REVIEW: In Ric Robertson’s “The Fool and The Friend,” Sometimes a Fool is as Good as Gold


It’s been quite an interesting few years for session man Ric Robertson. After moving to New Orleans and playing everything from fiddle, piano, drums, bass, and guitar with everyone from Cajun, zydeco, and brass bands, Robertson is finally able to release his debut record, The Fool and The Friend (Blue Hens Music). He’s accompanied by a slew of musicians: Nicholas Falk (vocals, drums), Dave Speranza (bass), Eddie Barbash (horns), Roy Williams (vocals, piano, guitar), Duncan Wickel (fiddle), John Graboff (pedal steel), Daniel Clarke (organ), Dori Freeman & Phoebe Hunt (vocals), and Oliver Wood of the Wood Brothers (slide guitar).

As you’ll hear upon listening, The Fool and the Friend is most definitely a break up record (or if you need to hear it straight from the source, Robertson confirms it in this interview). It leads off with “The Fool,” chronicling what appears to have been an unexpected split; hindsight is 20/20, though, as Robertson hints at some sort of clarity and acceptance, albeit in somewhat comical fashion (“Too much luck will make you cold / Breaking hearts will make you cruel / Ain’t it good to play the fool?”). The record then goes through the various stages Robertson presumably went through—disbelief in “Bullet,” longing in “Luck,” and eventually ending with “The Friend” and “One Fan.” The former is more Robertson wrestling with himself more than “the friend,” while the latter is a punny take on his old lover and a ceiling fan (“I’ve got only one fan in the room / But I used to have two”).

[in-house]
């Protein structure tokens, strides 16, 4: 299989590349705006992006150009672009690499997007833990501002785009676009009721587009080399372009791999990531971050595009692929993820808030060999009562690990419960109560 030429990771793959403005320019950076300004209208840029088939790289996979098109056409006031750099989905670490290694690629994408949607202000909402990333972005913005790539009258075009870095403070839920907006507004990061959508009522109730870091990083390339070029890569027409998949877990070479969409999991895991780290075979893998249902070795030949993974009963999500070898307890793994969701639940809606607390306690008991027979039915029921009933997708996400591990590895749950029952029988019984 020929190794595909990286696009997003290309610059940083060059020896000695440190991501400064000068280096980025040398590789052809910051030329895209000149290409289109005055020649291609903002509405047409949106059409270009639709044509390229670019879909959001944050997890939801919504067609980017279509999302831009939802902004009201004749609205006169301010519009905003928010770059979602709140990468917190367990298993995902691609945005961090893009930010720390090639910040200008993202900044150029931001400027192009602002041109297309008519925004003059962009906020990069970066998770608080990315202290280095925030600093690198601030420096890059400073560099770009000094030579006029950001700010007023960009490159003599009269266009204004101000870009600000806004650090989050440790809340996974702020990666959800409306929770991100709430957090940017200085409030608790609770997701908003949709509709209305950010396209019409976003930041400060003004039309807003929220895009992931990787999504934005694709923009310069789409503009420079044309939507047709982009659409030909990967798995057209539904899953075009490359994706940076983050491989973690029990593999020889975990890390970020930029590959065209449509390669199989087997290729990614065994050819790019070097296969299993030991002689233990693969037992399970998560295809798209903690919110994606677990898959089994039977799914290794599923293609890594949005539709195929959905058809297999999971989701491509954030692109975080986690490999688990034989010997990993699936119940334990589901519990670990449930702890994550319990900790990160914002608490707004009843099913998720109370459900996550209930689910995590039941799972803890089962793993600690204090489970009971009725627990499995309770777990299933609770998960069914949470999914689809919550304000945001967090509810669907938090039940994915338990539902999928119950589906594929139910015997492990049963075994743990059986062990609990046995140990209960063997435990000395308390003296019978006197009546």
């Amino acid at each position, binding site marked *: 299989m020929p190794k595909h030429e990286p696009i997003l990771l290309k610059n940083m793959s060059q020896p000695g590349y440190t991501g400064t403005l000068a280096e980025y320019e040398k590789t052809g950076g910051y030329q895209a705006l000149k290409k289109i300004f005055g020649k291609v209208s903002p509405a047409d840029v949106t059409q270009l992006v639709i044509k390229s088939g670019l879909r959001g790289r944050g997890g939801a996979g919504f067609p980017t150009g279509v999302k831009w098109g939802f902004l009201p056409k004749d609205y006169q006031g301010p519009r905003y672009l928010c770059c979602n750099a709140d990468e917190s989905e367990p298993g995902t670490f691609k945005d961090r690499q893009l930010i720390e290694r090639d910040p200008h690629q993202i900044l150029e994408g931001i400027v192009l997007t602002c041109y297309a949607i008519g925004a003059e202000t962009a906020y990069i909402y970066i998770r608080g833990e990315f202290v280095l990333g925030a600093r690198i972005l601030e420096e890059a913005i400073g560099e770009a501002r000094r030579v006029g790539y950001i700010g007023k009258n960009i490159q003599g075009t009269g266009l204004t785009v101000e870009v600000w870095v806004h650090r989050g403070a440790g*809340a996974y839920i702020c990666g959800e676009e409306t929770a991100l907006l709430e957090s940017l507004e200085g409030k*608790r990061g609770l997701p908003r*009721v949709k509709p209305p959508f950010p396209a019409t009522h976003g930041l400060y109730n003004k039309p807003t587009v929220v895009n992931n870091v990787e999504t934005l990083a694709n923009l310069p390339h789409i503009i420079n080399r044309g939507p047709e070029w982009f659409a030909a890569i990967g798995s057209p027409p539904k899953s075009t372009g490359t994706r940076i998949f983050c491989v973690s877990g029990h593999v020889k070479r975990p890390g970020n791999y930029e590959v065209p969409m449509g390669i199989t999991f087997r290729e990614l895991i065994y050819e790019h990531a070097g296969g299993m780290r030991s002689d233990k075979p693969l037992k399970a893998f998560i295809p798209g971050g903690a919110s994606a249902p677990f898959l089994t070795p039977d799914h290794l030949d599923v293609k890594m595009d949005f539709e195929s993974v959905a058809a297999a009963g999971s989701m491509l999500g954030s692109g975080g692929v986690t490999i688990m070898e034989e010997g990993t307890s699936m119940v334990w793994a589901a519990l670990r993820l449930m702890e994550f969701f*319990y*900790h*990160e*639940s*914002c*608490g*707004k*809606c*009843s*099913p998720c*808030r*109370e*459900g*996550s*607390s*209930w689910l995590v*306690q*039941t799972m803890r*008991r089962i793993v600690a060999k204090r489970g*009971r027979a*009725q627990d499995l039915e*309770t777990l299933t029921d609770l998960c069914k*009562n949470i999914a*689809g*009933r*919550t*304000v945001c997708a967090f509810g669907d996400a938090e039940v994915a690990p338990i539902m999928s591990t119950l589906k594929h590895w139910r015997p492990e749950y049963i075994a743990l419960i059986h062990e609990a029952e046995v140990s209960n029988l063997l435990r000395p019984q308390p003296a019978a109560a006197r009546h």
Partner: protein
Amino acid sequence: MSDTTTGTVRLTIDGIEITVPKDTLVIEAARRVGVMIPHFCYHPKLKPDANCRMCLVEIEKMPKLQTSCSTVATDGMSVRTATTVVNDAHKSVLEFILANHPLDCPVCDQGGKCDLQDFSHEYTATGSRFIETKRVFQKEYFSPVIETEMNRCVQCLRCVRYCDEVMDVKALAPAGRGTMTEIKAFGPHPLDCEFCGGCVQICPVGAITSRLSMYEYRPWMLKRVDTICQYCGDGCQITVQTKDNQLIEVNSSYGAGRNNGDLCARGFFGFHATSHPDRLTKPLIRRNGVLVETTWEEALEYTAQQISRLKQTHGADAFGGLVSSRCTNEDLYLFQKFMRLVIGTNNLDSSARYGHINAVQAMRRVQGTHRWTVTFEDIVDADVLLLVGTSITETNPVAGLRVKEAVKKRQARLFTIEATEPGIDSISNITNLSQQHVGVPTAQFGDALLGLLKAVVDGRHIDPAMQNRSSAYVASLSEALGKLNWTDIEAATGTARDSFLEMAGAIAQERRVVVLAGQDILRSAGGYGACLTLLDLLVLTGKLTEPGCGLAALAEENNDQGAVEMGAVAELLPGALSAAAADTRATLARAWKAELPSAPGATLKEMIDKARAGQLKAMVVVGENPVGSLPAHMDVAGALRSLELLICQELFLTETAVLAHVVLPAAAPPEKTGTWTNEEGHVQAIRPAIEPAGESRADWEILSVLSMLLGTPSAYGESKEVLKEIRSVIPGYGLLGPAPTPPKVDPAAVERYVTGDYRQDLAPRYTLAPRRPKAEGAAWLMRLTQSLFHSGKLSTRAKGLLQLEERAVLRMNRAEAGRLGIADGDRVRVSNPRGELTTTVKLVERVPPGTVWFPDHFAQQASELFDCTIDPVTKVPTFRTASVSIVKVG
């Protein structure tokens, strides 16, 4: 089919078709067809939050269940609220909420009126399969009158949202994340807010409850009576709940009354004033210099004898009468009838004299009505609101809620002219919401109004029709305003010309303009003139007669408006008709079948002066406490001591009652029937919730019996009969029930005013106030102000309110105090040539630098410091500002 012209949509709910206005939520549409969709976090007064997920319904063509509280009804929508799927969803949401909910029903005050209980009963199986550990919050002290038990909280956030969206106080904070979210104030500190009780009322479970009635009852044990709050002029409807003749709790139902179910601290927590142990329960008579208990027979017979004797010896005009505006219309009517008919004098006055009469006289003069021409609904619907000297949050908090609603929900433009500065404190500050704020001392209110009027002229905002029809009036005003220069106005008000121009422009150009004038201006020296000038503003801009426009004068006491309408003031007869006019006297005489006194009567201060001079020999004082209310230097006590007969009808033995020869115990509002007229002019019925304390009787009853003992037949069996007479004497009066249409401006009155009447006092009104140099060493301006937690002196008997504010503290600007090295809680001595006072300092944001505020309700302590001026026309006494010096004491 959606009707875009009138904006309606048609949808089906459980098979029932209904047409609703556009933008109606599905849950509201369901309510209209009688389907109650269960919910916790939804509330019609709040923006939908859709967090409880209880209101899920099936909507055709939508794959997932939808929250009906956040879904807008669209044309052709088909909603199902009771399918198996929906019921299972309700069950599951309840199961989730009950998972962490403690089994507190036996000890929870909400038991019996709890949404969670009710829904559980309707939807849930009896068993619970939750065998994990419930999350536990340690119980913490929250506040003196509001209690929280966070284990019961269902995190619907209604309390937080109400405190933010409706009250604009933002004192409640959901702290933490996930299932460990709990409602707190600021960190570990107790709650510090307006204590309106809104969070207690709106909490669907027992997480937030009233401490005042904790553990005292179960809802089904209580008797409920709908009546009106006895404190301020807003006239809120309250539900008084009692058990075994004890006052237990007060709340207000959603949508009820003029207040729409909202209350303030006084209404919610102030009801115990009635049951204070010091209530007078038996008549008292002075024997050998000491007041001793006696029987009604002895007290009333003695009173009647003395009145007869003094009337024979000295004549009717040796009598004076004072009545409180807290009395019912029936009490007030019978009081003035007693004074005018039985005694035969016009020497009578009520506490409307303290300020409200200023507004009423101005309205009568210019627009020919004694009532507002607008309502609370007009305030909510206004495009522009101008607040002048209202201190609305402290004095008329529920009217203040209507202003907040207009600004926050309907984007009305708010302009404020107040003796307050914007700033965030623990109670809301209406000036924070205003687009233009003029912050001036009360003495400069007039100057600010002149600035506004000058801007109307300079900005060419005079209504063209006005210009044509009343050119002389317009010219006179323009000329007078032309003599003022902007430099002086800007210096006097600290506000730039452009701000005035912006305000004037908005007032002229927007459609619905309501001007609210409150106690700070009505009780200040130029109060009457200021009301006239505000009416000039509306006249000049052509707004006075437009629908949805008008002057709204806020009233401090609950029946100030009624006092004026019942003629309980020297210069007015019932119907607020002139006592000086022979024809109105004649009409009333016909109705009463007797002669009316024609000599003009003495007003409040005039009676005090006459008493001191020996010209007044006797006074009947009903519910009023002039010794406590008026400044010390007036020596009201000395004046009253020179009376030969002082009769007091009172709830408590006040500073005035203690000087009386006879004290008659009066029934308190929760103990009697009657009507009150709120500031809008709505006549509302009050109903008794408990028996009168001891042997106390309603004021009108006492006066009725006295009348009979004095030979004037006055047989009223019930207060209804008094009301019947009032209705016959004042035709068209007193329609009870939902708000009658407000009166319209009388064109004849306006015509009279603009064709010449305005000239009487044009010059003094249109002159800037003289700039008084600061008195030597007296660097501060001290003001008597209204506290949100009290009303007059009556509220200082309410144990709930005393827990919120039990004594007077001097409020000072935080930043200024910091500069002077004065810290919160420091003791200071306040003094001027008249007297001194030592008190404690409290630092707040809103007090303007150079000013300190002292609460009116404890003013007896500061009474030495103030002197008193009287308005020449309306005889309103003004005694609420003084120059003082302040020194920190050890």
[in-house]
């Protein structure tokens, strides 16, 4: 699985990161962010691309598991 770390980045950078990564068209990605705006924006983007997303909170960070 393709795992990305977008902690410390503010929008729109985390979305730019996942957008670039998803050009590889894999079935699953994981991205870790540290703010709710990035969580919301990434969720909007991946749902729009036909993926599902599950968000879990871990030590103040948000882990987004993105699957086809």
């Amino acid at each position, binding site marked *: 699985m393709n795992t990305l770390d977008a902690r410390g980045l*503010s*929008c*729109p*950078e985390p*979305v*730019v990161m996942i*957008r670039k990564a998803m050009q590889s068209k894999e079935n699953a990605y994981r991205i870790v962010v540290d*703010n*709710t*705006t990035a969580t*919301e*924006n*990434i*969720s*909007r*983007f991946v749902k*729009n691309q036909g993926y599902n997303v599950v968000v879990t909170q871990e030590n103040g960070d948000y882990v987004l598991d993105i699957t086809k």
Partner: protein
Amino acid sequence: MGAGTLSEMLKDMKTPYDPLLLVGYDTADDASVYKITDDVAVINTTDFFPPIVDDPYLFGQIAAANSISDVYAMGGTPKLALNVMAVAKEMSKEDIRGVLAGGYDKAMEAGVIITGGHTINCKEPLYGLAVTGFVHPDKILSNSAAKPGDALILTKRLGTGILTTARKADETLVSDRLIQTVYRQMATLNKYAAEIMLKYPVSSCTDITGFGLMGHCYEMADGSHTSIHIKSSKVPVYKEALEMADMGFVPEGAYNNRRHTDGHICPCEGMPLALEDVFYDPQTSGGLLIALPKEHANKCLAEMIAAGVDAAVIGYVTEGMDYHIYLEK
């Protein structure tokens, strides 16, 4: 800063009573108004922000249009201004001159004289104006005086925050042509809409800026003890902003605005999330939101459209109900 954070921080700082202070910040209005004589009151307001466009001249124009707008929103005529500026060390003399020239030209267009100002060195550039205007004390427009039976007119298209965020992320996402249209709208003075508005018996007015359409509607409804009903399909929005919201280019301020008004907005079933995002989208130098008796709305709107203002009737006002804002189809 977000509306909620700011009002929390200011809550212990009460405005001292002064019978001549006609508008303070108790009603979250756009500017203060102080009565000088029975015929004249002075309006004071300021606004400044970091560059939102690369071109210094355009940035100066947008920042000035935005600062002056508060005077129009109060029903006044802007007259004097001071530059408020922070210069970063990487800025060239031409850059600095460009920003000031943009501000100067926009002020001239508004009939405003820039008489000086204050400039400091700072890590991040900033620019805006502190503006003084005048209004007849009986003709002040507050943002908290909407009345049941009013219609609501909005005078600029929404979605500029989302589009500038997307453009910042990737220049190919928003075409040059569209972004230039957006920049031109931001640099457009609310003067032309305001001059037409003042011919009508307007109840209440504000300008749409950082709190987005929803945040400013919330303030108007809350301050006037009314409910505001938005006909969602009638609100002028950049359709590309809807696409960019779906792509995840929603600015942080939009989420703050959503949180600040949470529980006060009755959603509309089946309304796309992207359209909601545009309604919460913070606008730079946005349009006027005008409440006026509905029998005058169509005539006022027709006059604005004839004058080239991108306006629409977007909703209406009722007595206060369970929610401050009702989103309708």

The album is also buoyed by three covers, highlighted by Dave Egan’s “Hallelujah, I’m a Dreamer,” and Jerry Reed’s “A Thing Called Love.” Robertson isn’t afraid to show how the move to NOLA continues to shape his craft, especially on the swanky, laid back shuffle of “Hallelujah”(brass section in tow), or the uplifting “Windex Pete,” who reminds Roberts “how simple life can be” as Pete rolls down Dumaine Street, washboard in hand.

Throughout it all, Robertson shows the many colors of his work; it’s hard to strictly define this as an “Americana” record, whatever that means. It’s fitting that his vocal delivery evokes Paul Simon or a more roots-y Ezra Koenig (of Vampire Weekend) timbre, as the album jumps from one shade to the next, much like some of the work in Simon and Vampire Weekend’s catalog.  Get your copy, here.

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